Law Commission Releases Study on Defamation and the Internet

25 February 2003

Graham Smith

The Law Commission, the official law reform body in England and Wales, has produced a scoping study on the law of defamation and the internet. It addressed four areas of potential concern:
  • Liability of internet service providers for other people's material
  • The limitation period for online archives
  • Cross-border jurisdiction and applicable law issues
  • Contempt of court

The Law Commission's study, while at this stage only a preliminary investigation, is bound to stir up the debate about ISP liability in particular. As an independent and authoritative body, its report should command respect as a non-partisan contribution to the field.

The Commission highlighted the concern that current defamation law places ISPs under pressure to remove material without considering whether it is in the public interest or true. The Commission pointed out a possible conflict between the pressure to remove material, even if true, and the right of freedom of expression under the European Convention on Human Rights. The Commission stated that it was important to consider whether there are alternative ways of protecting the reputation of others without encouraging the removal of true material.

Although the Law Commission did not consider other areas such as copyright, its conclusions for defamation are of general application as regards the danger posed by a notice and takedown regime to freedom of expression and legitimate content.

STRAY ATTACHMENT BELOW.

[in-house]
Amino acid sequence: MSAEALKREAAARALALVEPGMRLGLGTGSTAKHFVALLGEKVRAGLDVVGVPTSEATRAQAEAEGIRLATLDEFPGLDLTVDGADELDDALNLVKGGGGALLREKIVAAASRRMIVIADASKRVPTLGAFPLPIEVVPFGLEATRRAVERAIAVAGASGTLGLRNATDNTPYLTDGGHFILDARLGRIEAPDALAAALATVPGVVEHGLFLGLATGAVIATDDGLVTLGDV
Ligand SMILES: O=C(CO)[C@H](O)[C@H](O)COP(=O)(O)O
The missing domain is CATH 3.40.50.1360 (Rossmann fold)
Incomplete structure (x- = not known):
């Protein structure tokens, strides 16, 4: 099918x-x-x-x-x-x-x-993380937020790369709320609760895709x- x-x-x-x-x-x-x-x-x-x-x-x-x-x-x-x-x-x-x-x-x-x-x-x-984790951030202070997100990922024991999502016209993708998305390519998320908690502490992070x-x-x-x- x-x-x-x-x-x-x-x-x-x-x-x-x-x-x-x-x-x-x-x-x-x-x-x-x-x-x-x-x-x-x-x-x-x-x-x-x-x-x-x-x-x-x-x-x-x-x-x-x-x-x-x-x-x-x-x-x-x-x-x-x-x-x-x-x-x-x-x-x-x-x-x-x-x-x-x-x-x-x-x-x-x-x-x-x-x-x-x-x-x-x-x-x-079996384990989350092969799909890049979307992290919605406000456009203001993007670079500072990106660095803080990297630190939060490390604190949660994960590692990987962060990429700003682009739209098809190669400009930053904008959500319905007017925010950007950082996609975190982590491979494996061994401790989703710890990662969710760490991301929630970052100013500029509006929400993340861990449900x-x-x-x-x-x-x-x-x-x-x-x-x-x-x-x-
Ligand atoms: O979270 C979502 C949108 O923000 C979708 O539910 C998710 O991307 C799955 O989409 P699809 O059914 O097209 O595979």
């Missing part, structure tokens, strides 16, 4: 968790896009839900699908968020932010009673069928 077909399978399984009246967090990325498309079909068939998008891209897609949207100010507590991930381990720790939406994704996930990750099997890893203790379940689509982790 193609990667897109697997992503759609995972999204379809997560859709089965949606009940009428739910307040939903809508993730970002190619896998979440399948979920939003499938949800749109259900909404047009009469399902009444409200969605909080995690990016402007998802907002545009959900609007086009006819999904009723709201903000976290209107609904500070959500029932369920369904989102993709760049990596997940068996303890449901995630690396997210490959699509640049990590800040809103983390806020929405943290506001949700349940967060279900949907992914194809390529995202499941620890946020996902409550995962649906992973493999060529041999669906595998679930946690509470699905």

As to online archives, the current English law for defamation is that each download from an online archive creates a new cause of action, so that the publisher remains exposed to libel actions indefinitely. The Commission recommended a review of this rule as potentially unfair to defendants.

For jurisdiction and applicable law, the Commission recognised the uncertainties for publishers caused by the cross-border availability of online publications. The Commission commented that the internal market provisions of the Electronic Commerce Directive intended to create greater legal certainty had in fact added new ambiguities. However, since any solution would require both an international treaty and greater harmonisation of the substantive law of defamation, the Commission did not think that the problem could be solved within the short to medium term and did not recommend reform at present.

For contempt of court, the concern of publishers was that articles on their websites might be held to be in contempt of court, even though they were unaware of the trial. However, the Commission though that this was a theoretical risk and not a priority area for reform.

The Law Commission's report is now to be considered by the Lord Chancellor's Department.